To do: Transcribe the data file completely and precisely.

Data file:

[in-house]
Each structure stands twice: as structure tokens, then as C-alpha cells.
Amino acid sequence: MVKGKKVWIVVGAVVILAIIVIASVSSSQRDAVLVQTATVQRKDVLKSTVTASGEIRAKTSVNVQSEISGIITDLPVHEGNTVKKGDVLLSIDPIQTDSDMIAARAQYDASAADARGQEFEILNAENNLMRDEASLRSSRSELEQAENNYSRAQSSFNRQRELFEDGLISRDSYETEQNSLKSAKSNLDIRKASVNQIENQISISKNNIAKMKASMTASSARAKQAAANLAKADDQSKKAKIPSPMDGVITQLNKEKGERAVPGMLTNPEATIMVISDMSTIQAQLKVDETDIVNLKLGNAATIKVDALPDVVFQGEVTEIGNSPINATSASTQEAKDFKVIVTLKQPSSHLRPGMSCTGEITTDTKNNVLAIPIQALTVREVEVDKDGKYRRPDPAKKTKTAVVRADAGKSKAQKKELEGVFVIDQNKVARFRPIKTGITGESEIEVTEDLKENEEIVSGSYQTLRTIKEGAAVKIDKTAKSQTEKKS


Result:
[in-house]
Each structure stands twice: as structure tokens, then as C-alpha cells.
Amino acid sequence: MVKGKKVWIVVGAVVILAIIVIASVSSSQRDAVLVQTATVQRKDVLKSTVTASGEIRAKTSVNVQSEISGIITDLPVHEGNTVKKGDVLLSIDPIQTDSDMIAARAQYDASAADARGQEFEILNAENNLMRDEASLRSSRSELEQAENNYSRAQSSFNRQRELFEDGLISRDSYETEQNSLKSAKSNLDIRKASVNQIENQISISKNNIAKMKASMTASSARAKQAAANLAKADDQSKKAKIPSPMDGVITQLNKEKGERAVPGMLTNPEATIMVISDMSTIQAQLKVDETDIVNLKLGNAATIKVDALPDVVFQGEVTEIGNSPINATSASTQEAKDFKVIVTLKQPSSHLRPGMSCTGEITTDTKNNVLAIPIQALTVREVEVDKDGKYRRPDPAKKTKTAVVRADAGKSKAQKKELEGVFVIDQNKVARFRPIKTGITGESEIEVTEDLKENEEIVSGSYQTLRTIKEGAAVKIDKTAKSQTEKKS